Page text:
[1]-----------------------------------------------------------------
From:           Brian Haylett <This email address is being protected from spambots. You need JavaScript enabled to view it.>
Date:           Thursday, 4 Mar 1999 15:52:29 -0000
Subject:        Re: Iago

Kenneth Requa wrote: I made a comment referring to Harold Bloom's
assertion that Iago must have been a truly loyal subject at one point in
order to earn the trust of Othello and friends and that he experiences a
"fall" at or before the beginning of the play.

At one level, this leads to the fallacy that Knights detected in
Bradley: the fallacy of assuming that characters exist outside the play
and that it is possible to speculate on what happened before or after.
The fact is that we are not told why Iago is so senior and, literally,
that is the end of the matter. However, that need not be the end if we
think it relevant to consider what Iago represents.  John Vyvyan (The
Shakespearean Ethic, 1959) said "The tempter is the fault in the hero's
soul made flesh". On similarly allegorical lines, Harold Goddard (The
Meaning of Shakespeare, 1951) saw Iago as the spirit of War within
Othello. I incline towards the latter on this occasion, but in either
case Iago would be "our ancient" because he has been the preferred side
of Othello himself. If we take Goddard's assumption, then it would be
apt that Iago is displaced when Othello ventures into marriage and that
Othello's own insecurity in this new life gives Iago fresh strength. I
am afraid I got down my Goddard today after hearing Harold Bloom
praising him on BBC TV last night; but Goddard (at least!), deserves
consideration: "Othello regarded Desdemona's love for him as a dream too
beautiful to be true. Hence, when it is suggested to him that it is not
true, this is in a sense nothing but what he has been ready to believe
all along."

[2]-------------------------------------------------------------
From:           Roger Schmeeckle <This email address is being protected from spambots. You need JavaScript enabled to view it.>
Date:           Thursday, 4 Mar 1999 13:59:35 -0800 (PST)
Subject:        Othello; Iago

>A question from a student discussing Othello in class:
>
>The other day when my AP Lit class was discussing Othello we were trying
>to come to a conclusion as to why Iago is who he is and how he manages
>to gull everyone so effectively.  During the course of the discussion I
>made a comment referring to Harold Bloom's assertion that Iago must have
>been a truly loyal subject at one point in order to earn the trust of
>Othello and friends and that he experiences a "fall" at or before the
>beginning of the play.  My teacher had apparently never considered that
>idea and I wondered what opinions others might have.  Thanks!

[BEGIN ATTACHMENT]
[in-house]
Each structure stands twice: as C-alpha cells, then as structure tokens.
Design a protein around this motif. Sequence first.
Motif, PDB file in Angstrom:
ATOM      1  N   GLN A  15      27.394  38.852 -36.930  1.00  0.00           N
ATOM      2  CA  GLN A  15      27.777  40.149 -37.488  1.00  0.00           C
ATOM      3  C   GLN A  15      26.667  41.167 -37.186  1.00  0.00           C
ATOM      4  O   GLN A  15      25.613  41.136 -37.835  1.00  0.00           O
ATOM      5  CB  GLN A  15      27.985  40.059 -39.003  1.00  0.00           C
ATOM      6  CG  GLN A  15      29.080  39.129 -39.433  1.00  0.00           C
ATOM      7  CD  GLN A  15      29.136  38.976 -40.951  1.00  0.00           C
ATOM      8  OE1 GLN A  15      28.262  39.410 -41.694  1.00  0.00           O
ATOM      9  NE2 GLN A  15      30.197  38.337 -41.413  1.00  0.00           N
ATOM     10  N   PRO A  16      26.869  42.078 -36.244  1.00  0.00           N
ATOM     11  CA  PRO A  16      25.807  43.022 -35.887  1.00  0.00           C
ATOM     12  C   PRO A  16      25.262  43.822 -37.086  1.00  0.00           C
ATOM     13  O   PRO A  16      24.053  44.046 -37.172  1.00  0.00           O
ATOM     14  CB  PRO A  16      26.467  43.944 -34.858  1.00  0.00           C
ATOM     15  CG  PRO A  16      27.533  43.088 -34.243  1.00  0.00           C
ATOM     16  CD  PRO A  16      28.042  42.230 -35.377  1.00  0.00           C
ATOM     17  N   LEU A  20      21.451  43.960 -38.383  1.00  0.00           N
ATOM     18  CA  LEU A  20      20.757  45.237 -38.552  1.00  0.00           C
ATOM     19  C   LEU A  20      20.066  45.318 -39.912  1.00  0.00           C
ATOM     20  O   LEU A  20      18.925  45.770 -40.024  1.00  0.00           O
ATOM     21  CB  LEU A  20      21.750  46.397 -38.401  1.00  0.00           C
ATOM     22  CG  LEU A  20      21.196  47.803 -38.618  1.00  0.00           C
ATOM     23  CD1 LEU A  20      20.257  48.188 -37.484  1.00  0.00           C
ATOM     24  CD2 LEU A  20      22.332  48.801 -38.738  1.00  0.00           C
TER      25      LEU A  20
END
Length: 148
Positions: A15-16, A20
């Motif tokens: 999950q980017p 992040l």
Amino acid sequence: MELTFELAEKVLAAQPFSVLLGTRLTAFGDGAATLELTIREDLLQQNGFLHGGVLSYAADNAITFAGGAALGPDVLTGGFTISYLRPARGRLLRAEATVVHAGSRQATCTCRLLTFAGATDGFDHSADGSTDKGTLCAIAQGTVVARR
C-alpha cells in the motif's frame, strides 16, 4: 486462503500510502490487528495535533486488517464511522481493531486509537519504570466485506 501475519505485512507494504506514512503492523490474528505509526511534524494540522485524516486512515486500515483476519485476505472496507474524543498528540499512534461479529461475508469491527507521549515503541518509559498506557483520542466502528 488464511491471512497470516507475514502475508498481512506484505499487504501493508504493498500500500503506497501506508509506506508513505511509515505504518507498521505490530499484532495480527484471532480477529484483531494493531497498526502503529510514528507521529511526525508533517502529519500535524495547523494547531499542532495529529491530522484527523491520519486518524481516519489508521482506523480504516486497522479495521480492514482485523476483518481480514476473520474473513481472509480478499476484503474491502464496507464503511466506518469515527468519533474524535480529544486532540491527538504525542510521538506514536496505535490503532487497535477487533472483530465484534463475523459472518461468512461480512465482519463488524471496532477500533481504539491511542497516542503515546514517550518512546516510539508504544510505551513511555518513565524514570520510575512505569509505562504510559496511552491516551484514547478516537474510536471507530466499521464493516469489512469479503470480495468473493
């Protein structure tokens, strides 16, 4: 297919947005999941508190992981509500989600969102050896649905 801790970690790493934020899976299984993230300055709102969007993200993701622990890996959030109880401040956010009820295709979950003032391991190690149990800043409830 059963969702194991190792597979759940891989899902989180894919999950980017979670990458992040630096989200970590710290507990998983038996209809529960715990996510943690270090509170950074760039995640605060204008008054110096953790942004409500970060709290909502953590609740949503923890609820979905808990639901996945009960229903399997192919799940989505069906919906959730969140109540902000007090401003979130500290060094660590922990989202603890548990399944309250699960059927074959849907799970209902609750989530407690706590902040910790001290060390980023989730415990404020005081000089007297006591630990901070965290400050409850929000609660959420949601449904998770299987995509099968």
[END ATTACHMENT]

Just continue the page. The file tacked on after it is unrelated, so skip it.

>
>Kenneth Requa
>Springfield High School
>Springfield, IL

Since you invited opinions, I provide mine.  I make not claim to having
studied or researched this, and I might change my opinion, especially if
someone points out to me that it is contradicted by something in the
text or that it is unreasonable.

Iago is motivated by envy.  He is bitter because he has been passed over
for a promotion that went to one he considers his inferior.  He sees
himself as a better soldier, disregarding other considerations that
rightly were considered in making the promotion.  He has many
counterparts in the modern world.  For instance, sergeants who are
envious of the new lieutenant just out of West Point, who has no combat
experience; or employees who have worked ten years for a company, only
to see some college graduate start at their own level in the company.

My further opinion, and this is really speculative.  Shakespeare, at
some time in his career, entertained the notion of a series of plays
dealing with the various deadly sins.  This project was carried out in
the seven great tragedies, although, in the course of time and
composition, other factors may have assumed far greater importance than
the deadly sins motive.  In accordance with that hypothesis, Othello,
the play, is intended to exemplify the dreadful consequences of envy.

     Roger Schmeeckle

[3]-------------------------------------------------------------
From:           John Savage <This email address is being protected from spambots. You need JavaScript enabled to view it.>
Date:           Friday, 5 Mar 1999 10:10:31 -0500
Subject: Re: Othello; Iago
Comment:        SHK 10.0359 Re: Othello; Iago

>Harold Bloom's assertion that Iago must have
>been a truly loyal subject at one point in order to earn the trust of
>Othello and friends and that he experiences a "fall" at or before the
>beginning of the play.

Sorry, I don't see it.  Iago is a con man, and as such he would have
been convincing to Othello at all times, but he, Iago, would never have
changed.

[4]-------------------------------------------------------------
From:           John Savage <This email address is being protected from spambots. You need JavaScript enabled to view it.>
Date:           Friday, 5 Mar 1999 10:10:51 -0500
Subject: Re: Othello; Iago
Comment:        SHK 10.0359 Re: Othello; Iago

>My own interpretation has to do with
>military discipline, how Henry lets slip the dogs of war in their attack